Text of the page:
A 2012 consultant’s report suggested a site on the north side of Queens Bay as the best bet for a new Kootenay Lake ferry terminal.
The study, completed by WorleyParsons Canada of Burnaby for the Ministry of Transportation, was obtained by the Star through a Freedom of Information request.
Recently, the ministry confirmed it continues to explore the idea of moving the western terminal before it commits to major capital investments to the Balfour dock. However, it’s expected to take years to become reality if it ever does.
“There [would be] a potential increase in service levels, a reduction in operating costs, and improvement in overall risk profile for the Kootenay Lake ferry service if the terminal on the west side is relocated from Balfour to Queens Bay,” the relocation study’s summary reads.
The study looked at four potential locations at Queens Bay, two on the north side and two on the south. While all were considered viable, a site on Crown land half a kilometer south of McEwan Point and adjacent to Highway 31A was identified as the most promising spot.
A new terminal would have a similar layout to the existing one at Balfour. It would have a new access trestle and abutments. Other existing marine infrastructure would be barged and towed to the new site, forcing the ferry service to shut down for what the report estimates as 60 hours.
At a minimum, a new terminal would have enough space for 160 cars and a building with washrooms, a waiting area, and storage and maintenance space. Tourist facilities including retail, concession, and green space were deemed desirable but not essential, and their inclusion would depend on available land, the report says.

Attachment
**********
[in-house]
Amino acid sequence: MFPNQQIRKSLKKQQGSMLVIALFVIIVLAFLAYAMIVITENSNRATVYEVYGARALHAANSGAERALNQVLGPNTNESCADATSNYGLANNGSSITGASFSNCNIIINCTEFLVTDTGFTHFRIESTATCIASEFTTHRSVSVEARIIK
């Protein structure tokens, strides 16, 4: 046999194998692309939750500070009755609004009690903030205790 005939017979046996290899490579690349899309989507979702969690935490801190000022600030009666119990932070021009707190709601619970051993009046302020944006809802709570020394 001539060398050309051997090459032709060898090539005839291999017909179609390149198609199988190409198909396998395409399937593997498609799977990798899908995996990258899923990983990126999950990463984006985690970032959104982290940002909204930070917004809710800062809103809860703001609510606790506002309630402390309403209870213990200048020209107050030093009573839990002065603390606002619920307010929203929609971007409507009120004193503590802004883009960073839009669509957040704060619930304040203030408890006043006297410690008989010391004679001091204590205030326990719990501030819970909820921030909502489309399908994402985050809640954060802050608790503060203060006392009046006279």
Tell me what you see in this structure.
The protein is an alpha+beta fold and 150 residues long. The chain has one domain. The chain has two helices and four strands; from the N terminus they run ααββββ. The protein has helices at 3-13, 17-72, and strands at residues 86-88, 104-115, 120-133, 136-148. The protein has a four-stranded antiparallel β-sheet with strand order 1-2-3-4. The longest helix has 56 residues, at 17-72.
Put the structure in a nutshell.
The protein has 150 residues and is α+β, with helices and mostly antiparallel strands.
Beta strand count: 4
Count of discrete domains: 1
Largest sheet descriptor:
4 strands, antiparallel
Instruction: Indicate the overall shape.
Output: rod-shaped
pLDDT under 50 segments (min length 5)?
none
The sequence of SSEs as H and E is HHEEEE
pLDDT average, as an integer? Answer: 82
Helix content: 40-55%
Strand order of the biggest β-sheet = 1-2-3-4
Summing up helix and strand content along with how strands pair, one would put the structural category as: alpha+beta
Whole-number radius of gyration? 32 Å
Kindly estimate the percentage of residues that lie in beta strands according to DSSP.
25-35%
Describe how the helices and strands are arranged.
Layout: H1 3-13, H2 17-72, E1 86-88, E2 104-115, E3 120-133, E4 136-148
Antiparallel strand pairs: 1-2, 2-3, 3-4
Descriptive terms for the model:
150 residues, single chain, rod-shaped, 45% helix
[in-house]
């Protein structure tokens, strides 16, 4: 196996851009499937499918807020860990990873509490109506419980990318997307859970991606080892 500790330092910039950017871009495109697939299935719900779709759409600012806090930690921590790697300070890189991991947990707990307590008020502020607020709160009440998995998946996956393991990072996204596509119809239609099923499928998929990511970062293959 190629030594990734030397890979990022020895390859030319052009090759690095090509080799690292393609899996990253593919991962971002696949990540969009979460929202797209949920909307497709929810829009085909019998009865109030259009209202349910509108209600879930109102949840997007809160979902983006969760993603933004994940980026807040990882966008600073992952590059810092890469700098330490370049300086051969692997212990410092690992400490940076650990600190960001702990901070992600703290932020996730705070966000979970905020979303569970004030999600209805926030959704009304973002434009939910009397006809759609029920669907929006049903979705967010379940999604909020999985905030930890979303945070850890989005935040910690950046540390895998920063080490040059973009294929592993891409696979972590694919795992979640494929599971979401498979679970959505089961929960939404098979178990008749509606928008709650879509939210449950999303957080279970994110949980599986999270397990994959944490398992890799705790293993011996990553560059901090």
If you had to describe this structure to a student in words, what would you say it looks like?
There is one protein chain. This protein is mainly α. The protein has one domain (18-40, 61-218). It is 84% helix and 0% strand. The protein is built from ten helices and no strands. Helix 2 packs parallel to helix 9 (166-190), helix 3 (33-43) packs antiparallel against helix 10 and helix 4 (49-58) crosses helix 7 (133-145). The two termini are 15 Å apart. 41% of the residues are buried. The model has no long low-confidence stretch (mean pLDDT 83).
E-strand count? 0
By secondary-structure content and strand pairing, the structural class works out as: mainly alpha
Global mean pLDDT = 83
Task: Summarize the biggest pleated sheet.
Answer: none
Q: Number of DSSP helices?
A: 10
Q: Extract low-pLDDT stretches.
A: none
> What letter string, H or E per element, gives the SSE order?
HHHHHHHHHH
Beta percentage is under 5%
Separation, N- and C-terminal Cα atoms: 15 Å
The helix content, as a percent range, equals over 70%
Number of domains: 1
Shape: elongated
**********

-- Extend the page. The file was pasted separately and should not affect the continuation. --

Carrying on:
Building a new access road was considered the “greatest technical challenge and risk to the project.” Although the highway is near the shore, it is “significantly” above lake level. The intersection between the new road and highway would require a sharp turn.
“The provision of sufficient space for trucks to safely complete the turn would require a large amount of grading and/or retaining walls,” the report says. It might also mean cutting into the bank and partially filling in the shoreline.
Cost estimates unclear
Why move the terminal at all?
The study says it could reduce the crossing time by 20 minutes, and moreover, the Balfour landing is “not ideal” due to a variety of reasons:
• The present, diagonal route is longer than a straight crossing between Kootenay Bay and Queens Bay. The ferries make U-turns when approaching and departing Balfour, increasing the travel time and the risk of accidents.
• Due to the narrow channel and congestion of the West Arm, the ferries have to slow down considerably before entering.
• The currents are strong, so if a ferry loses power on approach, a collision or grounding is more likely. During low water, propeller damage or grounding is also possible.
• The ferries’ wake affects nearby private pleasure boats, which “generates negative feedback.”
* The ferry dock area is popular with anglers and the resulting congestion is a safety risk.
The study didn’t use geotechnical or weather data and noted that while exposure to wind and wave hasn’t been determined, it could cause significant operational, maintenance, and safety issues.
Nor did the study look at the social or economic impacts of moving the ferry terminal. Although cost estimates were included, they were blanked out in the copy provided to the Star.
The alternative sites were considered less desirable for reasons that included low-lying elevations, unfavorable access, and potential impact on wetlands and private properties. The southern sites would also only reduce the crossing time by ten minutes.
Sites in central Queens Bay were considered too expensive.
The study noted that during the 1990s, the idea of moving either or both the Balfour and Kootenay Bay terminals was “extensively studied” before it was decided to upgrade existing facilities to accommodate the new MV Osprey 2000. Balfour has been home to the ferry terminal since 1947.